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The Church of Green Capitalism

By Sarah Ertelt
7 Mar 2016

Religion has been notoriously hard to define since before the common era. Make the definition of “religion” too exclusive and well-established movements such as Scientology are left out; make the definition too broad, and everyday fads such as CrossFit suddenly become “religious.” Using the functionalist definition that David R. Loy uses in his essay “The Religion of the Market,” a religion is defined as a historic worldview that teaches humanity what the world is and our role in the world. Under this definition, market capitalism can be defined as a religious movement that has replaced traditional religions in Western society’s search for purpose and happiness.

Somewhere along the way, after the Industrial Revolution, market capitalism became its own form of salvation. Consumerism states that you are not satisfied until you buy this or you eat here; fulfilling these desires will surely bring happiness. Consumerism states that the world will be better off with a new apartment complex where that grassy space lies. During the fight between democracy and communism, capitalism became a symbol of freedom and of the First World. All of these events cemented capitalism’s theology into the Western worldview. Through these avenues, capitalism became seen as “natural”, and its consequences inevitable.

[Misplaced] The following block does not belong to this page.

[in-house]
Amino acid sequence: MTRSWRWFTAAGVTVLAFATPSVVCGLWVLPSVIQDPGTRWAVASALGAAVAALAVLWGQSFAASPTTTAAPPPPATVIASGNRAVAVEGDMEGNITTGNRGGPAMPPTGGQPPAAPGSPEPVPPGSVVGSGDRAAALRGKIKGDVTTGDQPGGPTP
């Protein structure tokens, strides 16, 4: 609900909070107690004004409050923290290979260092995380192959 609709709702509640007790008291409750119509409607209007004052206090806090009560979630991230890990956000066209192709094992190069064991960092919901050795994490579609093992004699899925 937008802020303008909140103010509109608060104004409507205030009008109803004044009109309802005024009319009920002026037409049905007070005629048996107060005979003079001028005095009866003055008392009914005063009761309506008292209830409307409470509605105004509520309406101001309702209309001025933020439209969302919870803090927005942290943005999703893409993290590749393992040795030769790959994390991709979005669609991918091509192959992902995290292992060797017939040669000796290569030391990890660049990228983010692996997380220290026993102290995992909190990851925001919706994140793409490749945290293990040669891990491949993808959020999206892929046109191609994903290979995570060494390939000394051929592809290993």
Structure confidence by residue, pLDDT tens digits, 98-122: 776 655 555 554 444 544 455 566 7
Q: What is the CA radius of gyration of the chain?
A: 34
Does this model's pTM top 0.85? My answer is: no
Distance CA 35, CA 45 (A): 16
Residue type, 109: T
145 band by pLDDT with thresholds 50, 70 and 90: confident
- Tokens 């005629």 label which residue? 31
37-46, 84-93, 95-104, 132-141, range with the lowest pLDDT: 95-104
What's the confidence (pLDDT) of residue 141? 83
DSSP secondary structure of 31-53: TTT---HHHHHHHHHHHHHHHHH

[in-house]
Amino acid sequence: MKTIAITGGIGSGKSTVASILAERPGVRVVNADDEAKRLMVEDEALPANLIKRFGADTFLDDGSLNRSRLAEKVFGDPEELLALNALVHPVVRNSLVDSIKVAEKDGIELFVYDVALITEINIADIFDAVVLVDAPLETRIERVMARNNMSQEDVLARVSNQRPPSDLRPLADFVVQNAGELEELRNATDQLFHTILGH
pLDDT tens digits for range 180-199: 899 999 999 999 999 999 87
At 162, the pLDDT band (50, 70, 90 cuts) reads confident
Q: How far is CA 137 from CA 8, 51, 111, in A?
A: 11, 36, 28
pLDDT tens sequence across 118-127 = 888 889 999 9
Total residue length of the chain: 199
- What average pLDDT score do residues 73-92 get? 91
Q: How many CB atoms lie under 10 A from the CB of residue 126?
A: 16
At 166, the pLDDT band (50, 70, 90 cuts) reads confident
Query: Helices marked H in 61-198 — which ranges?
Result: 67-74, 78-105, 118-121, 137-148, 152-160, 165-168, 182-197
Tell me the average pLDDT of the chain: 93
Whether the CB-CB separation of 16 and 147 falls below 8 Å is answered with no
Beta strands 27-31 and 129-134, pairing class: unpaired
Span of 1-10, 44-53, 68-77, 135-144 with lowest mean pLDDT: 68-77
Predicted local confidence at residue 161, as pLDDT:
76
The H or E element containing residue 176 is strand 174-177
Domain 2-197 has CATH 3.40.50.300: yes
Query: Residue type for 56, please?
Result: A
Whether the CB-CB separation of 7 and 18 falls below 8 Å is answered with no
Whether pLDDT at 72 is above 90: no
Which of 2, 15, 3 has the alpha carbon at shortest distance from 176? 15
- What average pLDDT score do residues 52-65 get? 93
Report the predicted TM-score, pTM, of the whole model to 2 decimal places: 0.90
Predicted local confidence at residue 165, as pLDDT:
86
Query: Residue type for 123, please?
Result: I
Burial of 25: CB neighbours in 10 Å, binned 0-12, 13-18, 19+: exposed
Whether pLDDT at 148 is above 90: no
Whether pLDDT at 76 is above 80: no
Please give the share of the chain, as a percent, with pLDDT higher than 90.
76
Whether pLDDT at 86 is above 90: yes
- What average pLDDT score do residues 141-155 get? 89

Where green capitalism has failed is by neglecting the importance of community. Adam Smith, the pioneer of natural economic rights, stated, “the market is a dangerous system because it corrodes the very shared community values it needs to restrain its excesses”. Green capitalism urges consumers to buy their way to economic reform. It encourages companies to appear “green” by selling organic products and giving parts of their profit to environmental groups. This “reformed” capitalism still places the focus on individuals and their material needs, not on the world community and our responsibility to preserve the Earth.

Patagonia, a popular and expensive clothing line advertised as eco-friendly, has given 1% of sales towards environmental restoration since 1985, while pursuing a 10% growth in annual sales every year. These numbers indicate that a fleece costing $169 will bring $1.69 to environmental restoration, and $167.31 will go towards the company which pursues greater profits every year. Green capitalism enables increased amounts of resources used every year, and minimizes the effort companies need to contribute in order to be considered environmentally friendly.

Traditional religions, particularly in the Western World, have been slowly replaced by the growing capitalist worldview. The curse of Market religion is that we will never be satiated; no amount of material goods will ever be enough. Attempts to merge capitalism with environmentalism have failed from not understanding how ingrained this worldview has become. Companies will still strive for higher profits every year under “green capitalism” until resources have been completely depleted. Unfortunately, there is no way to “buy our way” out of ecological crisis; no amount of shopping at organic or eco-friendly stores will stop the destruction of the planet. Drastic changes to this country’s views on profit, material desires and free market capitalism will be needed before any real progress in environmental restoration can begin.

Sarah graduated from DePauw University as an Honor Scholar majoring in Religious Studies major. She is from Fishers, Indiana and works in Indianapolis as an Onboarding Coordinator for BCForward.
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